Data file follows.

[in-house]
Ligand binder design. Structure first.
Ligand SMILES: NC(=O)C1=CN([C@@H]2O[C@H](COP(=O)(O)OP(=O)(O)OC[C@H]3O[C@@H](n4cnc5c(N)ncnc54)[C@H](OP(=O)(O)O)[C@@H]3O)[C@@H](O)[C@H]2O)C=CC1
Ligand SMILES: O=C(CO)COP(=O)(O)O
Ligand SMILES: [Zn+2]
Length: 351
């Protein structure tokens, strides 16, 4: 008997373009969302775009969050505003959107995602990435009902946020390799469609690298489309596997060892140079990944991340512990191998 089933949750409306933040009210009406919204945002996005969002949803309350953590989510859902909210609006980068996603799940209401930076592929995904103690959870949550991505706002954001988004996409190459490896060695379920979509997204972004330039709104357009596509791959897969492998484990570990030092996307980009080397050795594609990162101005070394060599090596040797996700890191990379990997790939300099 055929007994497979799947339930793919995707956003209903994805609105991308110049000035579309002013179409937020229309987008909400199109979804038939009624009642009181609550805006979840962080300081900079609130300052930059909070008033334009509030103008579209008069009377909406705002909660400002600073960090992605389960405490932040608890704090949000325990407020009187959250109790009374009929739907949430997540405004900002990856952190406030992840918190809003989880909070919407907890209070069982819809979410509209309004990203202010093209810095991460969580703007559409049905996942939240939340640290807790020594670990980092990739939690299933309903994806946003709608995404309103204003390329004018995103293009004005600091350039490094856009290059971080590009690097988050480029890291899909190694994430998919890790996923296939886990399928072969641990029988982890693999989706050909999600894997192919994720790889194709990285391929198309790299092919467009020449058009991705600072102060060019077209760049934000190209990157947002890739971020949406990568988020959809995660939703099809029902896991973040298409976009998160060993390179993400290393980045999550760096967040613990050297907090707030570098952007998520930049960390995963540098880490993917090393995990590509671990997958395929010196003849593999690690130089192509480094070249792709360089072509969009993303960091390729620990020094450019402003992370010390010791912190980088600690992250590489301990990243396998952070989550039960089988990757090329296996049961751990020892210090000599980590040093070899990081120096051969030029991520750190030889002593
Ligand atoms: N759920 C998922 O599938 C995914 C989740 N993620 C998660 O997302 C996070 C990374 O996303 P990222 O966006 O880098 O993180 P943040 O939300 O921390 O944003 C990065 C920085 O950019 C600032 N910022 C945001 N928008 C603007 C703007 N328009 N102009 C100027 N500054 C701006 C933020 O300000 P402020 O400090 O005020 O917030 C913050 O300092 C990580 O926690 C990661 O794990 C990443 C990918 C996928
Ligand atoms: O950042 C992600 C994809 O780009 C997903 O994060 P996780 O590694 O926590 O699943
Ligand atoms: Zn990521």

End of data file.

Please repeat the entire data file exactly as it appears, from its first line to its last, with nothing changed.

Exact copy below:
[in-house]
Ligand binder design. Structure first.
Ligand SMILES: NC(=O)C1=CN([C@@H]2O[C@H](COP(=O)(O)OP(=O)(O)OC[C@H]3O[C@@H](n4cnc5c(N)ncnc54)[C@H](OP(=O)(O)O)[C@@H]3O)[C@@H](O)[C@H]2O)C=CC1
Ligand SMILES: O=C(CO)COP(=O)(O)O
Ligand SMILES: [Zn+2]
Length: 351
């Protein structure tokens, strides 16, 4: 008997373009969302775009969050505003959107995602990435009902946020390799469609690298489309596997060892140079990944991340512990191998 089933949750409306933040009210009406919204945002996005969002949803309350953590989510859902909210609006980068996603799940209401930076592929995904103690959870949550991505706002954001988004996409190459490896060695379920979509997204972004330039709104357009596509791959897969492998484990570990030092996307980009080397050795594609990162101005070394060599090596040797996700890191990379990997790939300099 055929007994497979799947339930793919995707956003209903994805609105991308110049000035579309002013179409937020229309987008909400199109979804038939009624009642009181609550805006979840962080300081900079609130300052930059909070008033334009509030103008579209008069009377909406705002909660400002600073960090992605389960405490932040608890704090949000325990407020009187959250109790009374009929739907949430997540405004900002990856952190406030992840918190809003989880909070919407907890209070069982819809979410509209309004990203202010093209810095991460969580703007559409049905996942939240939340640290807790020594670990980092990739939690299933309903994806946003709608995404309103204003390329004018995103293009004005600091350039490094856009290059971080590009690097988050480029890291899909190694994430998919890790996923296939886990399928072969641990029988982890693999989706050909999600894997192919994720790889194709990285391929198309790299092919467009020449058009991705600072102060060019077209760049934000190209990157947002890739971020949406990568988020959809995660939703099809029902896991973040298409976009998160060993390179993400290393980045999550760096967040613990050297907090707030570098952007998520930049960390995963540098880490993917090393995990590509671990997958395929010196003849593999690690130089192509480094070249792709360089072509969009993303960091390729620990020094450019402003992370010390010791912190980088600690992250590489301990990243396998952070989550039960089988990757090329296996049961751990020892210090000599980590040093070899990081120096051969030029991520750190030889002593
Ligand atoms: N759920 C998922 O599938 C995914 C989740 N993620 C998660 O997302 C996070 C990374 O996303 P990222 O966006 O880098 O993180 P943040 O939300 O921390 O944003 C990065 C920085 O950019 C600032 N910022 C945001 N928008 C603007 C703007 N328009 N102009 C100027 N500054 C701006 C933020 O300000 P402020 O400090 O005020 O917030 C913050 O300092 C990580 O926690 C990661 O794990 C990443 C990918 C996928
Ligand atoms: O950042 C992600 C994809 O780009 C997903 O994060 P996780 O590694 O926590 O699943
Ligand atoms: Zn990521």